Space & Astronomy
What would happen if the Earth stopped spinning ?
January 24, 2022 | 13 comments
Could it really happen ? Image Credit: CC BY-SA 3.0 NikoLang
Could our planet one day stop spinning and what would happen if it actually did ?
The Earth has been spinning since its birth, four and a half billion years ago.
The Earth was made from rubble that was left over when the Sun formed from the collapse of a huge cloud of matter. The rubble that went on to become the Earth circled around the Sun like water does around the plughole when you empty a bathtub, spinning as it went.
The Earth continued to circle the Sun and spin after it was formed and is going to spin like this for a long while to come.
The Earth spins steadily, once every 23 hours and 56 minutes. During this time, the Earth also moves a little further on its orbit around the Sun, which takes one year to complete. This means it needs to turn a bit more - for four minutes - until it faces the Sun again. This means that one day on Earth lasts 24 hours.
Moving in space
The reason the Earth keeps spinning is because there is hardly anything to stop it. If you spin a roundabout in a playground and let go, eventually it will come to a stop. This is because as it spins, the air and the surface of the playground are pushing against it, causing friction and slowing it down.
The Earth is spinning in space, which is pretty much empty. In space, there is not even air to push against and slow down the Earth's spin.
However, there is one thing that slows down the Earth's spin: the Moon.
The motion of the side of the Earth facing the Moon is not balanced perfectly by gravity, and neither is the side of Earth facing away from the Moon. This imbalance creates the ocean tides, which make the oceans bulge out on either side of the Earth.
As the Earth spins, these bulges move across the Earth's surface like a wave, pushing against the Earth's spin. This slows down the Earth's spin. It means that Earth's day lengthens by one second every 50,000 years.
The only thing that could stop the Earth's spin would be if another planet crashed into it. Even if this happened, it is more likely that it would change the way Earth spins, not stop it altogether.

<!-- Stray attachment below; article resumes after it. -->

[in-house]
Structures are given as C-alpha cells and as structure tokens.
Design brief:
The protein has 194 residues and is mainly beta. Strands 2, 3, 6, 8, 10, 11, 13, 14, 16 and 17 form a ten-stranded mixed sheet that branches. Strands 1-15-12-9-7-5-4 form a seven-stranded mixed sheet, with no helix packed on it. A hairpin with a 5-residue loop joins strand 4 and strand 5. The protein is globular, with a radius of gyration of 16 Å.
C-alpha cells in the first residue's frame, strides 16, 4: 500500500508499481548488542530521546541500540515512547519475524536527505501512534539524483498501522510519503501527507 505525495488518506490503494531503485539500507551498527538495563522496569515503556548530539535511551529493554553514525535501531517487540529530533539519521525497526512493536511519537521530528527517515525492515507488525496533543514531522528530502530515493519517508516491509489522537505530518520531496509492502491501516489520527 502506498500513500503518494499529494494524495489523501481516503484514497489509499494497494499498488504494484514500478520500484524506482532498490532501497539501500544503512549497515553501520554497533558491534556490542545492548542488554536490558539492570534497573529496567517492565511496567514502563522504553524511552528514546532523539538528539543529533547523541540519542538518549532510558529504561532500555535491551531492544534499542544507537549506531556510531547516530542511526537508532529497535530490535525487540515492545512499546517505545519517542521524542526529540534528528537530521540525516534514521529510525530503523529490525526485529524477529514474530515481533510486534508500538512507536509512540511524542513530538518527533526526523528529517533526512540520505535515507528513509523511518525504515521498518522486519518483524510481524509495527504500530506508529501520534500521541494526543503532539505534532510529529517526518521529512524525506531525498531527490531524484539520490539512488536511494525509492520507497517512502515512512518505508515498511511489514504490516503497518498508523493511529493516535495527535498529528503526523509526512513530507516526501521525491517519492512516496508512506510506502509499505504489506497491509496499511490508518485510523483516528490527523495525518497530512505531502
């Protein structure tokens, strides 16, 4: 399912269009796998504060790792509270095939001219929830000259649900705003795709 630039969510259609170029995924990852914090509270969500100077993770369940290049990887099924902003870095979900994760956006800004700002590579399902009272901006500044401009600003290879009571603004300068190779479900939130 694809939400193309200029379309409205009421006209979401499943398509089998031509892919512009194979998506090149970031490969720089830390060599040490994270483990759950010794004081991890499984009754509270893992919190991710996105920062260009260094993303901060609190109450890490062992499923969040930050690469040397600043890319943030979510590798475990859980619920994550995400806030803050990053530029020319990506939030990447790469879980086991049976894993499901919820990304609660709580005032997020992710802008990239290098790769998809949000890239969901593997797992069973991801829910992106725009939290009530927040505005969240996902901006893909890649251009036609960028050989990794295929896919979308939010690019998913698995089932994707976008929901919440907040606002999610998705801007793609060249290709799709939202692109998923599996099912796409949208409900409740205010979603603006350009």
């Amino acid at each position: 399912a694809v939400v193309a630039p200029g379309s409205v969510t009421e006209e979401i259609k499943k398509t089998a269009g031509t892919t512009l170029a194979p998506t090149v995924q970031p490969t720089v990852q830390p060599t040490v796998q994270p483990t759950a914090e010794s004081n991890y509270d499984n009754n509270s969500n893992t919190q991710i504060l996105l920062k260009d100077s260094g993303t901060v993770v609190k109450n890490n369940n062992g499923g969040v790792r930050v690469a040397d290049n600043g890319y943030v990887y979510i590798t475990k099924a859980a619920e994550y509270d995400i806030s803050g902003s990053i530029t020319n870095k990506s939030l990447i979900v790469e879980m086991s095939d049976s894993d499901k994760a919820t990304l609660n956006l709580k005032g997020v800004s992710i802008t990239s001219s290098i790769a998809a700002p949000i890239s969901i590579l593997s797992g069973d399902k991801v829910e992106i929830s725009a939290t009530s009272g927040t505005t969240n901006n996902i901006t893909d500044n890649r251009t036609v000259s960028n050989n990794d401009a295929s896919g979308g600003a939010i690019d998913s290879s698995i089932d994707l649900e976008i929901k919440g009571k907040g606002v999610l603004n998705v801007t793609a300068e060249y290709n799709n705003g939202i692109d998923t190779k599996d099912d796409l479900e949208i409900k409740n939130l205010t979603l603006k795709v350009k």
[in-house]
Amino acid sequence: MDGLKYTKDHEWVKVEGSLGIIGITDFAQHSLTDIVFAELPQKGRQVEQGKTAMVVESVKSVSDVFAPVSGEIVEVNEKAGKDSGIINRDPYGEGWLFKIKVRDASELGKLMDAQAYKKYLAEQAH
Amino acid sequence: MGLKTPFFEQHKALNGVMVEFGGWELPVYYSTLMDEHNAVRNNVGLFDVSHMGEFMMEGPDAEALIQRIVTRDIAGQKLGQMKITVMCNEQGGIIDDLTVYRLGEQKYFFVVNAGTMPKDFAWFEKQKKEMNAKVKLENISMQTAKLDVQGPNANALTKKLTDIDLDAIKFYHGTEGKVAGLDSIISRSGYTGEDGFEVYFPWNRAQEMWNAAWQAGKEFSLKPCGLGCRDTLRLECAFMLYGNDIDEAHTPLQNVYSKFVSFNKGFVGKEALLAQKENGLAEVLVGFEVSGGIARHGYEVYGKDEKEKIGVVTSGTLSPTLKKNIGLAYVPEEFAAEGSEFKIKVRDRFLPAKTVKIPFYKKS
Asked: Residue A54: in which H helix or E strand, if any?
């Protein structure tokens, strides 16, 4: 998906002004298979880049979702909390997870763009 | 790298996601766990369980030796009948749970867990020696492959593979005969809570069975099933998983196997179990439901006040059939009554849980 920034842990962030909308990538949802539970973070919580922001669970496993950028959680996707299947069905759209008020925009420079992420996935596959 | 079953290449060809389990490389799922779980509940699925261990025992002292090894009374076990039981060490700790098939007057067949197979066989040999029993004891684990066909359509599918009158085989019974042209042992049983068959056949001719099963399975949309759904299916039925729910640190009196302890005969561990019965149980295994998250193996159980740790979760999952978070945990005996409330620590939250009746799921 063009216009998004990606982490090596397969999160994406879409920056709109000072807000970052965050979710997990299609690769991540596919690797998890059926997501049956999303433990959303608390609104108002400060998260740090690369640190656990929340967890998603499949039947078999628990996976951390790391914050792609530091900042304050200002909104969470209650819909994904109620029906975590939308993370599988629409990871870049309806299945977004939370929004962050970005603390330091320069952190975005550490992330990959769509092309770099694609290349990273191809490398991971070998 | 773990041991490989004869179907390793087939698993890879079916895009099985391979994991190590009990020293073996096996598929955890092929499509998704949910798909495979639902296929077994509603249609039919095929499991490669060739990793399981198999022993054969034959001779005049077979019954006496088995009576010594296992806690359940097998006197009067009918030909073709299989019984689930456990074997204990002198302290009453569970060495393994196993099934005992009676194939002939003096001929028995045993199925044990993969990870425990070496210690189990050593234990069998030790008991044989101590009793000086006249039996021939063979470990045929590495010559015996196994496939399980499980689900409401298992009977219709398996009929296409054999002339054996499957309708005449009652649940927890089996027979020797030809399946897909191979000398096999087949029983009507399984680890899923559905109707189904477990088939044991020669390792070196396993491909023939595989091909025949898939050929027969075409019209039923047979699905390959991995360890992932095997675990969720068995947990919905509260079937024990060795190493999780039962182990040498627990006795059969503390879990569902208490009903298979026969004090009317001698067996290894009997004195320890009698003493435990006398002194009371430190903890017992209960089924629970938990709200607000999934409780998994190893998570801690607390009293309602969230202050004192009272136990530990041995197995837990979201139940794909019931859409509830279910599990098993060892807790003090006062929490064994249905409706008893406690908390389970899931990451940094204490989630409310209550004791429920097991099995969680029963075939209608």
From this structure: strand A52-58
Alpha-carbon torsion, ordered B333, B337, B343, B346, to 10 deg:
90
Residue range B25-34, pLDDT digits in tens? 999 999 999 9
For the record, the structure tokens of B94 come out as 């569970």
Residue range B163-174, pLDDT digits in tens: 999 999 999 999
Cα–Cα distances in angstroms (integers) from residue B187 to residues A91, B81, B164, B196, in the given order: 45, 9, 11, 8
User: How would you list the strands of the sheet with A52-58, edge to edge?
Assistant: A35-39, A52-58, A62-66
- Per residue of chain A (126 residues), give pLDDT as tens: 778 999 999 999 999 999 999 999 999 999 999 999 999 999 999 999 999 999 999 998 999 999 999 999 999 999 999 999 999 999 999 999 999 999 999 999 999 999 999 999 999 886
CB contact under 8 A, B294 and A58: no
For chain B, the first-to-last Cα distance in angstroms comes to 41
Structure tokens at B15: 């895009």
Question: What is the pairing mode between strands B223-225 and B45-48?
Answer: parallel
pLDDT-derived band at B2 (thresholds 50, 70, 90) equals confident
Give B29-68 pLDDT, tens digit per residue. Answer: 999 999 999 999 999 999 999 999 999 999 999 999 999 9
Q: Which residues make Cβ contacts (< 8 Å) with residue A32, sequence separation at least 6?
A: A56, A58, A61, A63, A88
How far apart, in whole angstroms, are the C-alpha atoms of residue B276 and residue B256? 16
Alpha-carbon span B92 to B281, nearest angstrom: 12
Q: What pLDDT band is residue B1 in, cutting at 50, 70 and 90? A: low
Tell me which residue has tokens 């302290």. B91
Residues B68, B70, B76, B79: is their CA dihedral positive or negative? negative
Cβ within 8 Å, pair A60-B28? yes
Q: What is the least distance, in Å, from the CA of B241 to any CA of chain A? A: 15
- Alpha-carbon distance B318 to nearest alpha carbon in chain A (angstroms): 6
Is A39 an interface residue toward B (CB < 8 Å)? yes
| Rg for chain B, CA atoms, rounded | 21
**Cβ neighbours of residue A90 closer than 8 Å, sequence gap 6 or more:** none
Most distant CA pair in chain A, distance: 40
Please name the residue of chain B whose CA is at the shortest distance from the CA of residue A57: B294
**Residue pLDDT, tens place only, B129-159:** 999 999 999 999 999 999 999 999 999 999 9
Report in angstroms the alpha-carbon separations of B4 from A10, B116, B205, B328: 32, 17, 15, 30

A six-month day
If the Earth stopped spinning, you wouldn't suddenly be launched off into space. Gravity would still keep you firmly on the ground.
There would be lots of changes, though. If Earth were to stop spinning but continue to orbit the Sun, a "day" would last half a year, and so would the night. It could warm up much more during the day and cool down much more during the night. This would affect the climate on Earth.
A large temperature difference between day and night would cause strong winds, which would move warm air towards the cooler, nighttime side of the Earth. Wind would also blow from the warm regions around the equator to the cold polar regions. On a spinning Earth, this does not happen because the wind is deflected sideways.
The eastwards and westwards winds, and the winds towards the poles, would meet. They could possibly create huge swirls of wind the size of entire continents.
The core of the Earth is partly molten iron. The spinning motion of the Earth turns this molten iron into a magnet and gives the Earth a magnetic field.
This protects us against harmful radiation, which comes from particles from the Sun and cosmic rays from outside the solar system. While the magnetic field stops the radiation from reaching us, it hits the Earth's atmosphere, and we see it as the aurora - the northern or southern lights.
Without the magnetic field, this radiation would reach the Earth's surface and make people ill. Some birds use the magnetic field to find their way, so without the Earth spinning, they would get lost.
If the Earth didn't spin, the night sky would always show the same constellations of stars, because you would always be looking out into space in the same direction. This is very different from seeing the stars rise and set during the night, and seeing different constellations at different times of the year.
Jacco van Loon
, Astronomer, Keele University
This article is republished from The Conversation
under a Creative Commons license.
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Source: The Conversation
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